Japan Stories and Tips

City of Tokyo

Tokyo is the capital of Japan and is its largest city, with a population of somewhere around 12 million. It is an extremely busy city. Tokyo was almost completely destroyed by bombs during WWII, so much of the city has modern architecture. From what I saw, most of the traditional style buildings, such as temples and shrines, have been rebuilt in the last 50 years. There is still plenty to see, but don't expect to encounter traditional Japan as you would in Kyoto, for example.

Best way to travel around Tokyo is by subway or train. A JR rail pass doesn't cover the Tokyo subway, so be prepared to pay cash. The subway ticket vending machines do not speak English. However, fare adjustment machines do. What that means is that your best bet, if you're not sure how much to pay, is to buy the cheapest ticket (160 yen, I believe) and then insert it into a fare adjustment machine before you exit. You buy a ticket by putting money in the machine until a button with the fare you want lights up. When it does, push it, and a paper ticket will come out. Be sure to take the ticket out of the gate as you enter, because you will need it to exit. Overall I found the subways not as English-friendly as JR, but far more extensive around the city.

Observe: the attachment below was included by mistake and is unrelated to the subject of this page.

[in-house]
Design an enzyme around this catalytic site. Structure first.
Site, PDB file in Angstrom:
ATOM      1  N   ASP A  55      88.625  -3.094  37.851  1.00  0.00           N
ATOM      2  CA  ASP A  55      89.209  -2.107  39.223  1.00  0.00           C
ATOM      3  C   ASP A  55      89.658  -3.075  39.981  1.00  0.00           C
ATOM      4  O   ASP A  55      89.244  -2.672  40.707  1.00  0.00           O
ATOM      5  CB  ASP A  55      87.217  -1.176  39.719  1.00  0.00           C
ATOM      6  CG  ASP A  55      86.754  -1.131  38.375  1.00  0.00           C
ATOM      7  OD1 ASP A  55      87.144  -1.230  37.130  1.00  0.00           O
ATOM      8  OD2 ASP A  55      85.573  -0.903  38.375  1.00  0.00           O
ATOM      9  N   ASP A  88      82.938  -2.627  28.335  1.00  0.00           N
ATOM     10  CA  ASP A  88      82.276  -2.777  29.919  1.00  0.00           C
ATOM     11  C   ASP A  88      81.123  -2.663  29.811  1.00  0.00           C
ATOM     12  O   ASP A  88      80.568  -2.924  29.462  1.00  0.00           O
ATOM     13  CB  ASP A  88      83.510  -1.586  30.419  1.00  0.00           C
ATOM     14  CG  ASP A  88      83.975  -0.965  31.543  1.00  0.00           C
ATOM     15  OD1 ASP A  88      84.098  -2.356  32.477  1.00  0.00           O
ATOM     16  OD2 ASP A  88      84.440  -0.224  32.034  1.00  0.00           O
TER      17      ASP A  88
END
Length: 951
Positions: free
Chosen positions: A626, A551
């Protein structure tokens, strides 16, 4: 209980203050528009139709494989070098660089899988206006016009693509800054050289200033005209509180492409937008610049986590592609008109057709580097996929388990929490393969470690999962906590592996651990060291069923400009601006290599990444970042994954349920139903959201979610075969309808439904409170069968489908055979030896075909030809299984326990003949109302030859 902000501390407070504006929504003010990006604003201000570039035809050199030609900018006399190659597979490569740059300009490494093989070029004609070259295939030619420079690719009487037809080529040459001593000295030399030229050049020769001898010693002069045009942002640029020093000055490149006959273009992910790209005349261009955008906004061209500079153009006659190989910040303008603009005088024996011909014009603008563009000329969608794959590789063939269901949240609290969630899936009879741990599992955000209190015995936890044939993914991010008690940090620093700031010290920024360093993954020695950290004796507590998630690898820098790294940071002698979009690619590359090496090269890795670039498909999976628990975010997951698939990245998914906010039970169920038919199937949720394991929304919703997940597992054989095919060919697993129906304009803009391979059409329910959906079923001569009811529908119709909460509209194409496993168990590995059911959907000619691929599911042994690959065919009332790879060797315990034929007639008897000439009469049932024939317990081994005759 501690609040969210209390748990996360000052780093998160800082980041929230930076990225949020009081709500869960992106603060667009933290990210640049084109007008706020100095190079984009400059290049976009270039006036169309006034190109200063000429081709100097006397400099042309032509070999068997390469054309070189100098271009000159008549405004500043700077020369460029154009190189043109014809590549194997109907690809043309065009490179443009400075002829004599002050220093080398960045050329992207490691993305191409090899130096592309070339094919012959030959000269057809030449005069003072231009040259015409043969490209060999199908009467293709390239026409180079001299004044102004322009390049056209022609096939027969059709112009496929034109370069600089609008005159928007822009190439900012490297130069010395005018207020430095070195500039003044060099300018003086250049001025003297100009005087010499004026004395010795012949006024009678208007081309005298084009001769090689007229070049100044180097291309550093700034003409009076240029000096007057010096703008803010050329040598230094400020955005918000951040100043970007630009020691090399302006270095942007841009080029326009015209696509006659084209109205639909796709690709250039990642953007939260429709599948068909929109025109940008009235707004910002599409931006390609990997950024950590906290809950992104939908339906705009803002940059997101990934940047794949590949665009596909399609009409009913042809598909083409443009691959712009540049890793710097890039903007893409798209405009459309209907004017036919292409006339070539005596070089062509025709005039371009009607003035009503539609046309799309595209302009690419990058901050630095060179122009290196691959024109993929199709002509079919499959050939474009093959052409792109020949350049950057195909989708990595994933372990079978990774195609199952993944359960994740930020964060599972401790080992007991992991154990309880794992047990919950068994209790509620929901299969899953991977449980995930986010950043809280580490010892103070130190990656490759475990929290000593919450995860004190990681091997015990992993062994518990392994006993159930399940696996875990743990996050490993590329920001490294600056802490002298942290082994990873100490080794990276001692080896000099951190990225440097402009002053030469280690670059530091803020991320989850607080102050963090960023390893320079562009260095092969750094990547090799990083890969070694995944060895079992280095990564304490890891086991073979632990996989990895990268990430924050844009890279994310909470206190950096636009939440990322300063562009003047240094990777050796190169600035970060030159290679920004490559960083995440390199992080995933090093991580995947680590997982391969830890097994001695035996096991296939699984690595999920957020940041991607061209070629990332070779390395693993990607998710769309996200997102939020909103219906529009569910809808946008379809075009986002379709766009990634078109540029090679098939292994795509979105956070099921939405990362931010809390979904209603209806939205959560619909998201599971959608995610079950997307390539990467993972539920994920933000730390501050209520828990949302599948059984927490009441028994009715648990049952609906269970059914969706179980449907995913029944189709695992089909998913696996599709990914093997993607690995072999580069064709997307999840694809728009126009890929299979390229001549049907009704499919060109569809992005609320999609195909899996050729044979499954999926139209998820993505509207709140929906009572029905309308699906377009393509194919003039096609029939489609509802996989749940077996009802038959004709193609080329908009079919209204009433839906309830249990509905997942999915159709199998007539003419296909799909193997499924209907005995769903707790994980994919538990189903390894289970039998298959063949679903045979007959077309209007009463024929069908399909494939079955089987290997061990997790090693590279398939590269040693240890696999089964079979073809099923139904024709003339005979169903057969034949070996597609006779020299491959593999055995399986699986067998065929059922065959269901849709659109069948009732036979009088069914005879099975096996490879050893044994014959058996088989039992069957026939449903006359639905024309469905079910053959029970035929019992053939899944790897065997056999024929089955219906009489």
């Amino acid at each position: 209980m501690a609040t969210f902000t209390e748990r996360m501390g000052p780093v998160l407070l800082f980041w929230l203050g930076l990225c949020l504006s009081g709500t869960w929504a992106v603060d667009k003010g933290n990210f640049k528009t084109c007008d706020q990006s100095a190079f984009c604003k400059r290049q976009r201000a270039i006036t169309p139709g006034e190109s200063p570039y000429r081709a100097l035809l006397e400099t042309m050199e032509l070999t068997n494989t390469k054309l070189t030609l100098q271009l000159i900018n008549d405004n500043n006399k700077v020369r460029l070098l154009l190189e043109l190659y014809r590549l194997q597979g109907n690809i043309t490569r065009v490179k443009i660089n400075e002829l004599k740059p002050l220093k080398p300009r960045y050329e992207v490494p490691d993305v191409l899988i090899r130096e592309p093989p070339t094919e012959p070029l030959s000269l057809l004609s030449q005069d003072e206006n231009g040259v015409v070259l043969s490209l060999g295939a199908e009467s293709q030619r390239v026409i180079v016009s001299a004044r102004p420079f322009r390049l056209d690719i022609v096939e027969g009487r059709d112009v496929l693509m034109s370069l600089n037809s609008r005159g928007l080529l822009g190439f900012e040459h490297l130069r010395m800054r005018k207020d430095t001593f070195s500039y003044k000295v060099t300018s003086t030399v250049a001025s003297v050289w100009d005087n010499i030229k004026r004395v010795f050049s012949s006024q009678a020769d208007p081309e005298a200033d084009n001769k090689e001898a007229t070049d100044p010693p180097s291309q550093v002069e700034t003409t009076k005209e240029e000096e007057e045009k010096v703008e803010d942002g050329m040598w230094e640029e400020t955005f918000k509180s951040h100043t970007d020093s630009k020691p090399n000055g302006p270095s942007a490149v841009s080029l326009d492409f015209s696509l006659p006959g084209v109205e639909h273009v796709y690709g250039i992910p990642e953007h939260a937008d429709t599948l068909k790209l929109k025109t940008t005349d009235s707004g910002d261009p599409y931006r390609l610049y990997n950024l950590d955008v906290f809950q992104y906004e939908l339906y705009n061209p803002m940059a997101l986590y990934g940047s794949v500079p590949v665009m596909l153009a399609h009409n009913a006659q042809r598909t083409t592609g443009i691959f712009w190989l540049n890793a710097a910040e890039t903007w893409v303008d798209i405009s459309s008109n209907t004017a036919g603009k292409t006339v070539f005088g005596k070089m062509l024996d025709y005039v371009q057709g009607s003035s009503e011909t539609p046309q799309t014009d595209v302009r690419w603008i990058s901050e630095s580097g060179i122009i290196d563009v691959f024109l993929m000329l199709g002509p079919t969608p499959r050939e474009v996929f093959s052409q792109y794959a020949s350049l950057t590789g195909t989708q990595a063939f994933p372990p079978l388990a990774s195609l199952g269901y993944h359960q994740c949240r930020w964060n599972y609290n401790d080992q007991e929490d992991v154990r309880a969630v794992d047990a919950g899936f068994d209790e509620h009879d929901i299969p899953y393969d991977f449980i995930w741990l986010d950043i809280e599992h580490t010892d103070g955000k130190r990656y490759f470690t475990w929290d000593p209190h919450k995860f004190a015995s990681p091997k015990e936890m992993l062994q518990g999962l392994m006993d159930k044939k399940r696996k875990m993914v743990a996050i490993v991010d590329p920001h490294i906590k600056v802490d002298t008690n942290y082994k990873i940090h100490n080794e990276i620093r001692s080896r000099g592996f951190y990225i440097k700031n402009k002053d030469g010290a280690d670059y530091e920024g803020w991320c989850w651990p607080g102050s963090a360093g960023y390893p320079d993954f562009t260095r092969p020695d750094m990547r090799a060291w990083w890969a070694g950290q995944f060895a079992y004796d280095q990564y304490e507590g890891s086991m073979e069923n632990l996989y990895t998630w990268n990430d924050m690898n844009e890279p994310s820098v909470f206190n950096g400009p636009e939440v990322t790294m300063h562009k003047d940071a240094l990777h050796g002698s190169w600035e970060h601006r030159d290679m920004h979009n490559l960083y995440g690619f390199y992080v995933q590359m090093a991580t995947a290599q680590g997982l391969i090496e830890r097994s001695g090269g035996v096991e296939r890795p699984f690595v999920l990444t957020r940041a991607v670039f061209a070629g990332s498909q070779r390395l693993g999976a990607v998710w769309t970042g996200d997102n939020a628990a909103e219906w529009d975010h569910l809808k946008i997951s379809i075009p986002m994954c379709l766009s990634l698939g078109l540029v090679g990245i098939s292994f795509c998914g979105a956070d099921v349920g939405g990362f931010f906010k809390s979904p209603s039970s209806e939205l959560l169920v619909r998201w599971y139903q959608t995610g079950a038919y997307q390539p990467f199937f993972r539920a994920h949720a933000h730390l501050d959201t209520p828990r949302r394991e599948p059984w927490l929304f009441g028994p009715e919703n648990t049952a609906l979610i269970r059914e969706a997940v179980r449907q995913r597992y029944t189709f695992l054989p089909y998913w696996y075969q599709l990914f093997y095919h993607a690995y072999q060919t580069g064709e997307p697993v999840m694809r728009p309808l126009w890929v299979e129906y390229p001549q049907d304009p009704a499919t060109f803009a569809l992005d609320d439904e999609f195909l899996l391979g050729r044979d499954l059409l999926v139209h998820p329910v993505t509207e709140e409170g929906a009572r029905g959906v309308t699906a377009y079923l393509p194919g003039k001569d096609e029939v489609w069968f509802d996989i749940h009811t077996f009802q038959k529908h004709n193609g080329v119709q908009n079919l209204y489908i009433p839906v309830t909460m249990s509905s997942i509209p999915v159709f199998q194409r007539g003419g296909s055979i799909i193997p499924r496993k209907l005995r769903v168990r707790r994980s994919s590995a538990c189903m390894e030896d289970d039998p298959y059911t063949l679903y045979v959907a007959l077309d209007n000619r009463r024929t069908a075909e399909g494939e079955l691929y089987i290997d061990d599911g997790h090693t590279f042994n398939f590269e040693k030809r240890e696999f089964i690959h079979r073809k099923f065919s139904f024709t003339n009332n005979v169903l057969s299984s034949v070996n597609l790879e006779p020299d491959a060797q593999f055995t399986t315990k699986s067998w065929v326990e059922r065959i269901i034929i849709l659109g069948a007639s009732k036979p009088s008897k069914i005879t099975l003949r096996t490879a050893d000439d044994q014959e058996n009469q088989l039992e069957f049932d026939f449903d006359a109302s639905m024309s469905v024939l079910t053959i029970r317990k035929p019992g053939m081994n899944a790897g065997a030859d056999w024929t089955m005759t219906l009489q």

Some of the major attractions in the city I have individual entries for. These include:

  • Tokyo Imperial Palace and the East Garden
  • Meiji Shrine
  • Asakusa Kannon Temple
  • World Trade Center Building Observation Deck
  • Sumida River cruise
  • Ginza Shopping District
  • English language bus tour (Hato Bus)

There are other things to see in Tokyo, I'm sure, but I can't say much about them, since I was never there!

Overall, my impression of Tokyo was that a day and a half to two days was enough to get a feeling for this city. I would recommend allocating more time for Kyoto.

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